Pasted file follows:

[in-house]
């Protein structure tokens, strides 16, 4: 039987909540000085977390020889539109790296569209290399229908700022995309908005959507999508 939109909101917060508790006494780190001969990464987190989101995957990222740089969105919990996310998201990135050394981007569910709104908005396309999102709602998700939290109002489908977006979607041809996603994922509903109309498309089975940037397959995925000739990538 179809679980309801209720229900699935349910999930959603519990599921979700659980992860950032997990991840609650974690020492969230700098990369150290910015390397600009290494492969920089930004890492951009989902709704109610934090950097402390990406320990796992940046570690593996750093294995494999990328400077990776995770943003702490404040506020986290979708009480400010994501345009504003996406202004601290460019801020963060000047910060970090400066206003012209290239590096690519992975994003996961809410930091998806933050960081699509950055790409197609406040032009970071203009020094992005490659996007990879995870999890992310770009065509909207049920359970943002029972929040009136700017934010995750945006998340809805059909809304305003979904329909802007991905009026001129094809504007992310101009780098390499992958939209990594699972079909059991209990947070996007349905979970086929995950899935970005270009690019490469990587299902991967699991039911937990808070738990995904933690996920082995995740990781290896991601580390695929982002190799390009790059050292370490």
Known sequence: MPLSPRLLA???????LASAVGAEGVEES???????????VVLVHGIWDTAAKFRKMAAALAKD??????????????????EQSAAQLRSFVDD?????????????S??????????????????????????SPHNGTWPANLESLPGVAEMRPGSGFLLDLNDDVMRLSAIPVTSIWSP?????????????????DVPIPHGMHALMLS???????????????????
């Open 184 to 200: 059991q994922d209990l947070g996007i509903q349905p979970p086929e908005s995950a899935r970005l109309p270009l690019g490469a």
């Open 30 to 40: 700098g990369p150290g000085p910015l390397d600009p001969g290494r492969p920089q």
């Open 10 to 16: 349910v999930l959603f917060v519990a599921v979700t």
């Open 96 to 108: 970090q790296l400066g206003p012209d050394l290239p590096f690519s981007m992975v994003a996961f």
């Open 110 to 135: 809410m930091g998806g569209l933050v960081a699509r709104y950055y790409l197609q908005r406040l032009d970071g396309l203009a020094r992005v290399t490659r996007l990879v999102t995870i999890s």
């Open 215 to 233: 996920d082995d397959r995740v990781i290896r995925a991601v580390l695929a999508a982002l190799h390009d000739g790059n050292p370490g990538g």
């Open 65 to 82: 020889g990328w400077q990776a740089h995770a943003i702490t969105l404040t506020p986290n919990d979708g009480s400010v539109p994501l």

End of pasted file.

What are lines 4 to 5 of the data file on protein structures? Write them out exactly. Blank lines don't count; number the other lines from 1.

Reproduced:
């Open 184 to 200: 059991q994922d209990l947070g996007i509903q349905p979970p086929e908005s995950a899935r970005l109309p270009l690019g490469a």
């Open 30 to 40: 700098g990369p150290g000085p910015l390397d600009p001969g290494r492969p920089q």